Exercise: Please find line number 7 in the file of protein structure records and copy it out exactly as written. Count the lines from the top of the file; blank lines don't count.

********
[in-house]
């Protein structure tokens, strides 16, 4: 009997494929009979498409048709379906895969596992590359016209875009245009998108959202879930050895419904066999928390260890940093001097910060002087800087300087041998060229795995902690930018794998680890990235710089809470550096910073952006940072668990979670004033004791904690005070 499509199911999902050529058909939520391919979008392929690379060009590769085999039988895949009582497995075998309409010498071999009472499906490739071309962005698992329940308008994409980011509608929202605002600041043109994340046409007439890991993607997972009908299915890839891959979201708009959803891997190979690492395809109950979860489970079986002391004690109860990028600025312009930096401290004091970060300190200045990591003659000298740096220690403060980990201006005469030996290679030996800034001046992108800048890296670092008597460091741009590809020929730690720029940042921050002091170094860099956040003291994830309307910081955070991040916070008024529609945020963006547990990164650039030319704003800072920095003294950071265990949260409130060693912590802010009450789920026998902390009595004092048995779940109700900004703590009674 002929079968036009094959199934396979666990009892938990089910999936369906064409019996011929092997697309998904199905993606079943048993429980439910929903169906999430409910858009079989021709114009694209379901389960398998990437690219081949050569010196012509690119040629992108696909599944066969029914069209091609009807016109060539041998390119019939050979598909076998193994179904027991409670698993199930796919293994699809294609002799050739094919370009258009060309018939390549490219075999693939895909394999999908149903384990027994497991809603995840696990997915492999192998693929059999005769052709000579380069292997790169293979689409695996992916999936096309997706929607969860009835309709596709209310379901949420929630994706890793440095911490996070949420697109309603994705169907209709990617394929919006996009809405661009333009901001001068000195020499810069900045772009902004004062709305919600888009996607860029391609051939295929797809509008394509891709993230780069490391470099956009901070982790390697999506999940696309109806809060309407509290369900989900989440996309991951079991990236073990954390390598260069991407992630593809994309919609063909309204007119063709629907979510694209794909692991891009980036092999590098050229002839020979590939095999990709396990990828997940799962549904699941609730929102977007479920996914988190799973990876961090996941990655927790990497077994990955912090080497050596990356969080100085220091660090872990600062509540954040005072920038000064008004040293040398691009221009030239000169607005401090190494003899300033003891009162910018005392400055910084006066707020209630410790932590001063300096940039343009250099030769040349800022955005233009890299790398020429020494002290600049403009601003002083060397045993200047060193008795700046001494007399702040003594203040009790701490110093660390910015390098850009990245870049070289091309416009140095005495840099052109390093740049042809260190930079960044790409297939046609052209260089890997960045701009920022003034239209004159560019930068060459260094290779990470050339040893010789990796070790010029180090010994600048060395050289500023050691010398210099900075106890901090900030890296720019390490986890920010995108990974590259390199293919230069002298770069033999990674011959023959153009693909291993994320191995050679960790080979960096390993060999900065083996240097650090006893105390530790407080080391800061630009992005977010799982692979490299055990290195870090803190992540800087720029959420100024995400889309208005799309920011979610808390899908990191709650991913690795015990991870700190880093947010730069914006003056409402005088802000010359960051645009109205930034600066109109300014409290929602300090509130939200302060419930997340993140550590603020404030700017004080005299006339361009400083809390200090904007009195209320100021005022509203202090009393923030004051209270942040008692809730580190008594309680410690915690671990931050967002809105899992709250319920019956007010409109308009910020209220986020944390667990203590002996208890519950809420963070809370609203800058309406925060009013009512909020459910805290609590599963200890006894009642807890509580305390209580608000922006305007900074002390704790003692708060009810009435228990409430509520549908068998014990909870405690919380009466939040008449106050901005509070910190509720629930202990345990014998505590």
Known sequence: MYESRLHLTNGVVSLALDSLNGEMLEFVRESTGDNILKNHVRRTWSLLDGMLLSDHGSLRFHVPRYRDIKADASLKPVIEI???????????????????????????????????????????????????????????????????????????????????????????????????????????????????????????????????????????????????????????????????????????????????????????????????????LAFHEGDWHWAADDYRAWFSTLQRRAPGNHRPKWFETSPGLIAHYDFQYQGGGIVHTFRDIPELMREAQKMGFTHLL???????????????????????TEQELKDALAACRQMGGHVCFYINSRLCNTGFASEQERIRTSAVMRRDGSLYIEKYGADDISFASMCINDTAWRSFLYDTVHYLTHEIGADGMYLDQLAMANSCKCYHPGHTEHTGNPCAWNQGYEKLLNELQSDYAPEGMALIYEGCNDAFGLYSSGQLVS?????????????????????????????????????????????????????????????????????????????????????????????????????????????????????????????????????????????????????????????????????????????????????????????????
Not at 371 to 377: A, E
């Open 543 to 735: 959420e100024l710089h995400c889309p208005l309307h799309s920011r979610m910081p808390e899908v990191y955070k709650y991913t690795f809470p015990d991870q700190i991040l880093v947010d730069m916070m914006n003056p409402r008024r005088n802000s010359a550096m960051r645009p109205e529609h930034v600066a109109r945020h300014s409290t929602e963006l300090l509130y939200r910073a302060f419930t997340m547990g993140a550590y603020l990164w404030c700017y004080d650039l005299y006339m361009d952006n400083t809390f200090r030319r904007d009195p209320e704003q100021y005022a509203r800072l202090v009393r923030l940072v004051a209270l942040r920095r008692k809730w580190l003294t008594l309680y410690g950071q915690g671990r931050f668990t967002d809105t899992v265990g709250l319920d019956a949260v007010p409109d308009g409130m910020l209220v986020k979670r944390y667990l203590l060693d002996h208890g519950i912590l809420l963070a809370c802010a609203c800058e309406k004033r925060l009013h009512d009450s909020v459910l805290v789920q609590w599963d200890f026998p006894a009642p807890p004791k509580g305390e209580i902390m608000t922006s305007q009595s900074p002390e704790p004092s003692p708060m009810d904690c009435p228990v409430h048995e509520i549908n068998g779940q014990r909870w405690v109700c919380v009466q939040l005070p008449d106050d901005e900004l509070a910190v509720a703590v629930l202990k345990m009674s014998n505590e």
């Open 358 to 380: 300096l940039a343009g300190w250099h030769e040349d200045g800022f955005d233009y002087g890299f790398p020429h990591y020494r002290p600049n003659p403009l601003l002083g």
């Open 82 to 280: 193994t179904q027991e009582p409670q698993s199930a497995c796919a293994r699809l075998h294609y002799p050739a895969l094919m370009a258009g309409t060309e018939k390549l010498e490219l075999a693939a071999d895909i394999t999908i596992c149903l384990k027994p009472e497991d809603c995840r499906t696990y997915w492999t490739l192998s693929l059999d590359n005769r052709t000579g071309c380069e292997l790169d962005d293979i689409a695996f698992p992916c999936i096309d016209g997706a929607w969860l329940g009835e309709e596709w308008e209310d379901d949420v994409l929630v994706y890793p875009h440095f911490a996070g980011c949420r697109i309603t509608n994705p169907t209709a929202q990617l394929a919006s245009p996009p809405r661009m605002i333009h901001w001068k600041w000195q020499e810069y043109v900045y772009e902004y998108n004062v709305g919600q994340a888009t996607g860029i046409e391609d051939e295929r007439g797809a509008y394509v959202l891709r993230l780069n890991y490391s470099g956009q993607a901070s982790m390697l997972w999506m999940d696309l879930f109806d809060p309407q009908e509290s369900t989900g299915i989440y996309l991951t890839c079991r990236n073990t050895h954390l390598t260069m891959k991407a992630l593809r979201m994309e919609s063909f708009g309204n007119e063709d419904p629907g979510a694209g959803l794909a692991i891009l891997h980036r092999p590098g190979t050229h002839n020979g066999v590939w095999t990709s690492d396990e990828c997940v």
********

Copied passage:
């Open 82 to 280: 193994t179904q027991e009582p409670q698993s199930a497995c796919a293994r699809l075998h294609y002799p050739a895969l094919m370009a258009g309409t060309e018939k390549l010498e490219l075999a693939a071999d895909i394999t999908i596992c149903l384990k027994p009472e497991d809603c995840r499906t696990y997915w492999t490739l192998s693929l059999d590359n005769r052709t000579g071309c380069e292997l790169d962005d293979i689409a695996f698992p992916c999936i096309d016209g997706a929607w969860l329940g009835e309709e596709w308008e209310d379901d949420v994409l929630v994706y890793p875009h440095f911490a996070g980011c949420r697109i309603t509608n994705p169907t209709a929202q990617l394929a919006s245009p996009p809405r661009m605002i333009h901001w001068k600041w000195q020499e810069y043109v900045y772009e902004y998108n004062v709305g919600q994340a888009t996607g860029i046409e391609d051939e295929r007439g797809a509008y394509v959202l891709r993230l780069n890991y490391s470099g956009q993607a901070s982790m390697l997972w999506m999940d696309l879930f109806d809060p309407q009908e509290s369900t989900g299915i989440y996309l991951t890839c079991r990236n073990t050895h954390l390598t260069m891959k991407a992630l593809r979201m994309e919609s063909f708009g309204n007119e063709d419904p629907g979510a694209g959803l794909a692991i891009l891997h980036r092999p590098g190979t050229h002839n020979g066999v590939w095999t990709s690492d396990e990828c997940v």